Brief Bio

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Quezon City, Metro-Manila, Philippines
I am a runner, pastor, sociologist, teacher, and missionary. After living in Chicago for 6 years, I discerned a call to go to Manila, Philippines to live and work among the urban poor, and combine my passions for ministry, running, and the oppressed. After serving in the Philippines in 2012 and 2013, I returned to the United States for two years to finish my dissertation, get ordained, spend time with my family, and work at a neighborhood center in Kansas City. I have recently returned to the Philippines this year (2016) to work again with Companion With the Poor as a missionary. Each day I look forward to how God will direct my steps as I live into His work of restoring a broken world.

Tuesday, December 27, 2011

Kenya Thoughts, July 29-30, 2007


Before finishing the journaling of my trip I want to tie in some lyrics from a song (and hope to do it with two other songs later). The lyrics are as follows:

"how could I, stand here with you, and not be moved by you...will you tell me, how could it be, any better than this."

I experienced the truth of these lines in many ways these past three weeks: (1) standing in and walking through Kibera slums and wanting to get involved in God's work to the people and community there; (2) standing and looking out over the rim of the Great Rift Valley, being speechless, and yet wanting to worship God as Creator; (3) sitting in devotionals reading the Word and wanting to know Jesus as the Word and the Truth; (4) worshiping at a Catholic church in the Kodogocho slums and wanting to worship and know God with the kind of joy the Africans had in the American church; and (5) having two young girls looking up at me with their arms stretched wanting to be swung around by their hands (and seeing Jesus in their faces) and wanting to play with and love on children all day long. It goes without saying that standing with Jesus draws a movement of many natures; the danger is twofold - (1) not standing with Jesus and (2) not moving.

Lord help me to do both!



Sunday, July 29th: Church, KivuliAnnita

On Sunday we were able to go to another Catholic church, the one George (the manager of Shalom House) goes to which is located on the other side of Nairobi in a slum called Kodogocho. The church was called Saint Daniels, named after St. Daniel Camboni, the saint who started the Camboni brothers to which Father Kizito is a part of. The church experience was great and my thoughts on the service will be described later in an entry on sermon notes. After church we went by Kivuli one last time where I gave my pictures to Kenny, the boy's mentor, guardian, and case manager. Then, after lunch at Shalom House we went back to Annita (the home for girls who were once street children/orphans) for a last time where I had a blast playing more soccer, playing on the playground, taking Polaroid pictures (though 80 of them were in the donations bag that never came I still had 25 which the girls loved), climbing more trees to get balls down, swinging Teresia and Dorcas around, and staying away from all the girls getting their nails done (I strongly dislike the smell) though complimenting them on the way they looked.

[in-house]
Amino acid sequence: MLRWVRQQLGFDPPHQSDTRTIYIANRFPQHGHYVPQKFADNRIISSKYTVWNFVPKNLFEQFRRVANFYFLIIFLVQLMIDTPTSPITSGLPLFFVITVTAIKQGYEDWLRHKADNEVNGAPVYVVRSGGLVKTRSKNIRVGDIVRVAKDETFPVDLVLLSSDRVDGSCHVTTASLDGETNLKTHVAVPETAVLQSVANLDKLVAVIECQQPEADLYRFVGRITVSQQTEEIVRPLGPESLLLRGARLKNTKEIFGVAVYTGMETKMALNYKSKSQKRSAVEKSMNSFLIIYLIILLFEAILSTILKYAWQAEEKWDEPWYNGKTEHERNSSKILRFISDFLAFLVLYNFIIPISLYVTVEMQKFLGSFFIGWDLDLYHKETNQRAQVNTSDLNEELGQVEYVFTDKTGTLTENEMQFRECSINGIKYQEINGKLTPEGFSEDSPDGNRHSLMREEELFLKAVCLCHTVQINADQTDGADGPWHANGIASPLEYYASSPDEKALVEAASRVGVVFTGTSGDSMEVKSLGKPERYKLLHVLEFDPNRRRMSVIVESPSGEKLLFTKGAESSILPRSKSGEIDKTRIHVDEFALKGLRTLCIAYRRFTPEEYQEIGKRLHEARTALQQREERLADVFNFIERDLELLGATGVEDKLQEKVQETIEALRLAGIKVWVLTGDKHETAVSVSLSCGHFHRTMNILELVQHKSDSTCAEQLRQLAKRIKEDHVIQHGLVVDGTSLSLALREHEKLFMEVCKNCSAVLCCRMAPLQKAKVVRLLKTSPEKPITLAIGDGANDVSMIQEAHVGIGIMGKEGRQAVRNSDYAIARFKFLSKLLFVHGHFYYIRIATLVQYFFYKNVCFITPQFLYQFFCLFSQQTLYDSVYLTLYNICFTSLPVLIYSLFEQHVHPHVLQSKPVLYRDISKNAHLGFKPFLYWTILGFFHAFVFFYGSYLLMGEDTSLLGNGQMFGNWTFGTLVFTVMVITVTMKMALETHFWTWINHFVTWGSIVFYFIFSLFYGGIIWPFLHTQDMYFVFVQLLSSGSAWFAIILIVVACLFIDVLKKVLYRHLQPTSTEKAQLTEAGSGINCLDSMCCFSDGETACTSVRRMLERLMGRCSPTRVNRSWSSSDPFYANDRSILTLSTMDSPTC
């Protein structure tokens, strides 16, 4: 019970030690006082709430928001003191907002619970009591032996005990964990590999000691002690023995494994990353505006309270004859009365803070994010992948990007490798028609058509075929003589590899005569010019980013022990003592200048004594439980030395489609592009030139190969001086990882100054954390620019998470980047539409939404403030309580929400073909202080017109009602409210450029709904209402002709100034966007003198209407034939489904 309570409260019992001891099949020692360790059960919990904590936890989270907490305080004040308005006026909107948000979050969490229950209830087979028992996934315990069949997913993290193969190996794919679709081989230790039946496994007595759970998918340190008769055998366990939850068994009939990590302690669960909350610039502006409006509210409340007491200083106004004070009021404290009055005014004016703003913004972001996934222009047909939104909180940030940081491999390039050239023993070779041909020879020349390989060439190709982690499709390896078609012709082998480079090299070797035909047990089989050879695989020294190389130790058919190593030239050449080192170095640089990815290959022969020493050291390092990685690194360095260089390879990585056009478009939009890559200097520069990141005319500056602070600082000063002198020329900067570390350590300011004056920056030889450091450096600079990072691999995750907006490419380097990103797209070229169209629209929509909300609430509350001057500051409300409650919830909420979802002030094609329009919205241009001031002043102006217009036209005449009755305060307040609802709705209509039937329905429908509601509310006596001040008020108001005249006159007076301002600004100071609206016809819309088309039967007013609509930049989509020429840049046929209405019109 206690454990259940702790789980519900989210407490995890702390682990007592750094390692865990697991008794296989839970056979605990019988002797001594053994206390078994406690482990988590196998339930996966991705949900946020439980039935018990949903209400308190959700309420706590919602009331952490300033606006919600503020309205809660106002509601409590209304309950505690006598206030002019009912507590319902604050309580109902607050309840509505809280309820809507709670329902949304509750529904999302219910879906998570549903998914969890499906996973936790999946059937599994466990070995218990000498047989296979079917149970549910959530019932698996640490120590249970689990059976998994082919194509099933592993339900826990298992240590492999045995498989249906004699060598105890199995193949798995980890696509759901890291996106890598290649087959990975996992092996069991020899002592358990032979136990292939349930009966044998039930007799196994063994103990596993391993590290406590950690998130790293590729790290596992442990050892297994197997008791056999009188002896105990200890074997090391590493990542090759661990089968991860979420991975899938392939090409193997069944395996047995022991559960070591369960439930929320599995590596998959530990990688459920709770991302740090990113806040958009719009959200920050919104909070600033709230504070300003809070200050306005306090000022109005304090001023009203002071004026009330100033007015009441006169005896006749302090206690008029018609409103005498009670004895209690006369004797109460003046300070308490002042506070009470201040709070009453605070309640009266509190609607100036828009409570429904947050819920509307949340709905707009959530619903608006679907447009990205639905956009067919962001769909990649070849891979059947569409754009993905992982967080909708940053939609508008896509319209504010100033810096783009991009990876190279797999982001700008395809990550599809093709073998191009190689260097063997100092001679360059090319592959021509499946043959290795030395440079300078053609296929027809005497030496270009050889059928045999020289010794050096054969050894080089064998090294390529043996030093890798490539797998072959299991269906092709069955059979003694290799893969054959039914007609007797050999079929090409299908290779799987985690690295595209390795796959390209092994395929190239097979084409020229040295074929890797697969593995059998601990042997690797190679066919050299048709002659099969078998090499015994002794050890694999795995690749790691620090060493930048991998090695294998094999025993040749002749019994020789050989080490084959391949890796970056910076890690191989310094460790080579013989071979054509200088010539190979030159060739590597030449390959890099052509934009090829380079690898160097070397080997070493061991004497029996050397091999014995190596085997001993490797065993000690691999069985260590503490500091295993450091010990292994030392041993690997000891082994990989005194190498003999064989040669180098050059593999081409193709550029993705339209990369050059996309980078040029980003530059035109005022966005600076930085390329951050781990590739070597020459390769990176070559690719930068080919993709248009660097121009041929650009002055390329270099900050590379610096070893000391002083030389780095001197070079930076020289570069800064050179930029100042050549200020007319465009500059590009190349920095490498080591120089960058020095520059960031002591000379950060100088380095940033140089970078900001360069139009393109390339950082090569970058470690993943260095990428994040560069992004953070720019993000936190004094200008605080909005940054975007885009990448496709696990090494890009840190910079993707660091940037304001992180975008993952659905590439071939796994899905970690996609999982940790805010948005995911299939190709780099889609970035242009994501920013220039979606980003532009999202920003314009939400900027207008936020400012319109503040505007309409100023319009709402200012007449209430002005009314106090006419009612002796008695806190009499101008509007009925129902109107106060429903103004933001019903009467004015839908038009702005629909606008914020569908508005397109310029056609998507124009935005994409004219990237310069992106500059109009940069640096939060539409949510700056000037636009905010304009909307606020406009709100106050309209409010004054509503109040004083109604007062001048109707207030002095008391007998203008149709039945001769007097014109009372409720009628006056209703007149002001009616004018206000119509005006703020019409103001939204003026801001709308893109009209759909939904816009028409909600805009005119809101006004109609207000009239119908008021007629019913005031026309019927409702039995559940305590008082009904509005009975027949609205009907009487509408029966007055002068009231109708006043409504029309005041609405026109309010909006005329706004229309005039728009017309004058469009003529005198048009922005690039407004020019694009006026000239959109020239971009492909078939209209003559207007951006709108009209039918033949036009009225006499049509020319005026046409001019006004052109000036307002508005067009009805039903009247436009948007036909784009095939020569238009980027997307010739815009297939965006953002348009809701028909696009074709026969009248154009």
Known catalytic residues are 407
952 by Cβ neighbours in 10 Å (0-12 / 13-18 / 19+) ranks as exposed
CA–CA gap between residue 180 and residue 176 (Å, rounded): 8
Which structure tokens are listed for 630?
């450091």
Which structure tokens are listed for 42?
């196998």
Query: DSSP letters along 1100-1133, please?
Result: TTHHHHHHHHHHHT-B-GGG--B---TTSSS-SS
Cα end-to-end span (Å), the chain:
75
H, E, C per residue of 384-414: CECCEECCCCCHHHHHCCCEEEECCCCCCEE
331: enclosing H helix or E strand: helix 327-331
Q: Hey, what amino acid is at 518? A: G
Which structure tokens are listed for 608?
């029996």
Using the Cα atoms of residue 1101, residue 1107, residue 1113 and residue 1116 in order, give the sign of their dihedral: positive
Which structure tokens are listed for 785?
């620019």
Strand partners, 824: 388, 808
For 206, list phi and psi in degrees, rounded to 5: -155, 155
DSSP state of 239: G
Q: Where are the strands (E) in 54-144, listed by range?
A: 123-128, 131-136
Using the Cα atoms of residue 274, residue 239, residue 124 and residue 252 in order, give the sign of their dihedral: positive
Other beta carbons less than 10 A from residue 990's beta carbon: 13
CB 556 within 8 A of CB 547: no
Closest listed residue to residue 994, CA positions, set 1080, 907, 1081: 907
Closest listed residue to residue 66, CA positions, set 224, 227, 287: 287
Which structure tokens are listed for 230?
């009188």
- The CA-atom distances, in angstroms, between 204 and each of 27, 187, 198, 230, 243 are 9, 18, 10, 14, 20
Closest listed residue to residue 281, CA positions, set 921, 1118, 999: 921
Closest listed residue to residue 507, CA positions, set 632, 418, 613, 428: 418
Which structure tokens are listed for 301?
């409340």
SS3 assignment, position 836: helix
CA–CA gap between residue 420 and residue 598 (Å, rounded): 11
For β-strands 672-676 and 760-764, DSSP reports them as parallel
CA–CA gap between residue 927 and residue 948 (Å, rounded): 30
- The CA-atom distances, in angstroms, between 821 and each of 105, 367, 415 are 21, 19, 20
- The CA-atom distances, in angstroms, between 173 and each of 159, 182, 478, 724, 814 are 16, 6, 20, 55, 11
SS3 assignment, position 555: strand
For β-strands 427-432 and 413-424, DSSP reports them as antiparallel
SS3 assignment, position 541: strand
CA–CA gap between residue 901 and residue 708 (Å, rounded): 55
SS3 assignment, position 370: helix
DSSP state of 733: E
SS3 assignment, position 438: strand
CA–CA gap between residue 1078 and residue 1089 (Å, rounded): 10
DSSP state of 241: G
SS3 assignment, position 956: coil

Sunday night we ate pizza again at the Italian Restaurant. I also shaved Sunday, preparing for my journey and arrival back to the States the following day.

Monday, July 30th: Tone La Maji; Departure

Because I am out of room in my journal notebook, I will make this entry short. After packing in the morning and watching some sweet documentaries on poverty made by our guides, we went back to Tone La Maji for a last time before driving to the airport. There I shot and shagged goal shots on the sweet soccer field, juggled the soccer ball with three others (including my friend Paul) on the side of a hill by the dining hall, ate chipote and beans with the boys in the dining hall, and learned that I look like John China, a famous professional wrestler the kids watch on their t.v. in their t.v. room - not what I'd prefer to be known as but I hear he is well respected and very successful.

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